Imagine a void universe—nothing but empty space reaching out forever. And
pretend that only you are in it. Place something into your imagined universe—something
simple such as a steel ball. This is easy to imagine, but if you had to make this item to
get it into your universe, where would you get the materials for it? Could you just pop
them into being? The creation of something from nothing can happen in one's mind, but can
it happen really?
- Why are we here in this universe?
- How did the universe come into being?
- What makes the universe behave as it does?
In order to explain "creation" we must accept at least something as
given. If a god or an "all creator" placed everything into the universe then we
are accepting this god as a being already given. This still does not answer our question
of how everything else came to be. Surely, such a god could not have obtained the material
within the universe from nowhere. The idea of a "creator being" leaves us with
more questions to answer than we started with. For example: Where did this god come from?
What is he, her, or it made of? Did he have a beginning? Why does he exist. These are the
same questions we are asking about the universe itself. All we have done is transfer our
questions regarding the universe to questions regarding a creator-god. Since we are not
answering the questions we started out to with the concept of a god, we may as well
include the god as just another entity to be explained along with all the rest of the
When I use the word "universe" I really mean the totality
of existence. This includes beyond the observable universe in distance and in other
limitations of observation. It includes the three spatial dimensions, the dimension of
time and any other proposed dimensions. This includes other "time universes" and
all that's on the "other side" of black holes. Also included are energy, gods,
spirits, souls, ghosts, empty space, and everything imaginable or real. I will elaborate
on the imaginable later, but, for now lets include everything.
If the entire universe was once nothing but empty space then there would have been nothing else either—no
waves, no fields, no spirits, no beings, no anything. This must be true—empty space cannot possibly interact with empty
space. There is nothing there to interact with!
A wave, for instance, must be generated from or associated with something that
exists that is other than empty space. The other-than-empty-space that is involved in generating a wave must
either exist or have had to exist to enable the wave's creation. If it no longer exist
(and the wave does) then the wave must also travel in a medium other
than empty space.
The same applies to the imagined. Without there being an entity doing the imagining, the
imagined cannot even be imagined.
I would like us to start with a completely empty universe. From this point I would like to
compile a list of qualities or principals (that logically we are draw to conclude by
relying on our power to reason) that comprise an explanation of the totality
of existence and its behavior. This list would be the minimum qualities or
principles of the universe that we would just have to accept as given. Obviously we have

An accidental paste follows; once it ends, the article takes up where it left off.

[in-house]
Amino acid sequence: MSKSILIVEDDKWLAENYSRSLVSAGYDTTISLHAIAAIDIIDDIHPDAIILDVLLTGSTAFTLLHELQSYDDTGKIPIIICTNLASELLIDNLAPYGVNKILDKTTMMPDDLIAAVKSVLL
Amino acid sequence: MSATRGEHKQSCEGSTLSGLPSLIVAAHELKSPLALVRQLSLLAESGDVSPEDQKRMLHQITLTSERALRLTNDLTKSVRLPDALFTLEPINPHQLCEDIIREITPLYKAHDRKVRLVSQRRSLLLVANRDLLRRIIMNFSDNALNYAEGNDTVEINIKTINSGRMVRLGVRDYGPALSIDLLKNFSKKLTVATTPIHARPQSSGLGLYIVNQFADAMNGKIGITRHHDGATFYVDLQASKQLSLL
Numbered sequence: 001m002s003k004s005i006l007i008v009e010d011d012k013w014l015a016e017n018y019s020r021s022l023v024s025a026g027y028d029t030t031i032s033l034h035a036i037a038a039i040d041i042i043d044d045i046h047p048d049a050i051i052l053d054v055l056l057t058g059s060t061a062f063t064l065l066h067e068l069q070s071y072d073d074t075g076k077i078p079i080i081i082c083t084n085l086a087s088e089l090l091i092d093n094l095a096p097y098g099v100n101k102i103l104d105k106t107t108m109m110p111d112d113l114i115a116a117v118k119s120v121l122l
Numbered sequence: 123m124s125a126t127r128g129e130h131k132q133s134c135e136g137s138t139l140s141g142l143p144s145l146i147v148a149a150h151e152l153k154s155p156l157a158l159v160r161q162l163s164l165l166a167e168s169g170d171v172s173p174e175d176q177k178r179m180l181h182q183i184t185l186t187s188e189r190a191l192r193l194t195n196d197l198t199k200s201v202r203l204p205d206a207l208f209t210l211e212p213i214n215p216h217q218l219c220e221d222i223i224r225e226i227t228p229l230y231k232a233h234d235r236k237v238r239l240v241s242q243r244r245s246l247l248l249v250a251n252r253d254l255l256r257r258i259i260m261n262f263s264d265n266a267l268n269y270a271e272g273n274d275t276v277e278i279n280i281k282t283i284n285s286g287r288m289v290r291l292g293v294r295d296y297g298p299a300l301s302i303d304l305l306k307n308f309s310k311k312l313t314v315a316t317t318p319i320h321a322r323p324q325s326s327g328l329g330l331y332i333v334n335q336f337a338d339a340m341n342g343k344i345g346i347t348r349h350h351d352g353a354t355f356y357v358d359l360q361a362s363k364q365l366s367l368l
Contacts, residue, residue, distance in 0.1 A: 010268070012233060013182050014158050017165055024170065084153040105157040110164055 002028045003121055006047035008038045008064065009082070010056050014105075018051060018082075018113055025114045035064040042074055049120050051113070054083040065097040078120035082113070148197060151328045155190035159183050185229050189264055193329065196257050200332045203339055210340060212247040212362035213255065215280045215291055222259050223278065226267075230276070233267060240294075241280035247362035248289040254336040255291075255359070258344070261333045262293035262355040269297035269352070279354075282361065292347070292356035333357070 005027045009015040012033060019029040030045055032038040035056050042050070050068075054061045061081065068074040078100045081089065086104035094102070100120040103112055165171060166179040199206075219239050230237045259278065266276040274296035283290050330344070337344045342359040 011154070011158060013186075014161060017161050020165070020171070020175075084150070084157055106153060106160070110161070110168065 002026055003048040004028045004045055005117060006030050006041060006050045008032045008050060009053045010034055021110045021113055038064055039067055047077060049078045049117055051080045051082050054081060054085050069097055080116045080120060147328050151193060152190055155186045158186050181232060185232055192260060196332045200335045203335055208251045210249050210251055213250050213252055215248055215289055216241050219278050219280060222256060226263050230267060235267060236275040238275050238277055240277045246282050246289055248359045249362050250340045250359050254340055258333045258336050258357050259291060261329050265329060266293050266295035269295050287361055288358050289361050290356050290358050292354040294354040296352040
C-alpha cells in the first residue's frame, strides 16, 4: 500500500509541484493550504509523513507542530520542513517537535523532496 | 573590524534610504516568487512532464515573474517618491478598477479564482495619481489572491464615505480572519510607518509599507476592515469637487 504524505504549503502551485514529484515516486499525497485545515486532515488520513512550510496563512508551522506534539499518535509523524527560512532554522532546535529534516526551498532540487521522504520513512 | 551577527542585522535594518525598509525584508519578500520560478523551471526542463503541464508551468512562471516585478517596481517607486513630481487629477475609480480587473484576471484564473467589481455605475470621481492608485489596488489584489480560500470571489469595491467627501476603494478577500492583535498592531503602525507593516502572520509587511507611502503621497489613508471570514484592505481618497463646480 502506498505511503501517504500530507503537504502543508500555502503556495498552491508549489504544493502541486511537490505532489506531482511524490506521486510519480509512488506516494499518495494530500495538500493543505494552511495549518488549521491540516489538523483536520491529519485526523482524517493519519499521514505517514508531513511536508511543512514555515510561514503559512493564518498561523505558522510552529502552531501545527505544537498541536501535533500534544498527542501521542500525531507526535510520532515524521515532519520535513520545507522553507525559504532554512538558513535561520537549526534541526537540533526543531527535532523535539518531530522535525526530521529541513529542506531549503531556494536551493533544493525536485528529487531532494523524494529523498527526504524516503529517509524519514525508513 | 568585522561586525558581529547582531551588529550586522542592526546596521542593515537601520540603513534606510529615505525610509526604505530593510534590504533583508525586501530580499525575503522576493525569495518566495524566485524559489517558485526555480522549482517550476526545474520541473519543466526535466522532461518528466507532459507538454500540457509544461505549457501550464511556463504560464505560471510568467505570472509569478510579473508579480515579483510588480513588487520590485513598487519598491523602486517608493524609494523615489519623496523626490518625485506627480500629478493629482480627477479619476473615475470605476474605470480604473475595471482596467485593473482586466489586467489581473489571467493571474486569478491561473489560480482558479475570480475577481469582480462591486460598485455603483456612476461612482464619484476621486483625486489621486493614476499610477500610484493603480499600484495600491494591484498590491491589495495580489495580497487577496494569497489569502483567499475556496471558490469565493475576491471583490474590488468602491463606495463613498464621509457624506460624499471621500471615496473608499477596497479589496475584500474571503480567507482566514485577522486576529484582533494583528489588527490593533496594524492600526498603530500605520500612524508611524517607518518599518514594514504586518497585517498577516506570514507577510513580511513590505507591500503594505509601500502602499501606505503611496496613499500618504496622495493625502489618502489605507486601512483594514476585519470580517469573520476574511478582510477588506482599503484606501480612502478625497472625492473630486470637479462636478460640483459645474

to accept something as given because the universe is not nothing but empty
Let me further describe our starting point—a blank universe. Nothing at all exist in
it, not even us—but somehow we are watching. This imagined universe is dark (totally
without light), totally without energy and contains no particles of any size or nature. It
is a vacuum to the extreme meaning of the word, and without walls. It has no
"coexisting universe" that contain something. This definition of
"nothingness" is actually empty space extending
from whatever observation point we choose, to infinity is Euclidean straight lines in all
During this explanation I wish to leave nothing assumed without stating so. An axiom is
"a self-evident proposition accepted as true without proof". Here is our first
Space is an inescapable principle of the
universe. If the totality of existence were for not, then
there would still be empty space reaching out in every
direction to infinity.
This axiom must be true even with consideration of dimensions other than the
three dimensions of space. This forces us to deal with the universe as one physical volume
of space. The space axiom is the most ontological element of reason and
its distinction is necessary to begin to discuss the totality of
Now we can start to add the given ingredients of the universe. We are starting with an
empty universe and we are going to add the necessary ingredients until we can explain all
else (to a satisfactory level) about everything that exists.
The first and most obvious difference with our imagined universe and the real universe is
that the real universe has a whole lot of stuff in it. The first dilemma we have is that
we don't have anywhere to get any stuff. Therefore we have a choice of
concluding that the stuff of the real universe has always been there, or that there was a
time when nothing at all existed then suddenly something came into existence out of
Both choices are difficult to accept. The first choice forces us to accept that existence
never had a start. That is to say that there was never a time when the material of the
universe did not exist.
The second choice leads us to further options. Perhaps all of the stuff came into
existence as a one time happening. Or perhaps stuff is continuously coming into existence.
It may have come into existence in intervals; or upon certain conditions; or gradually at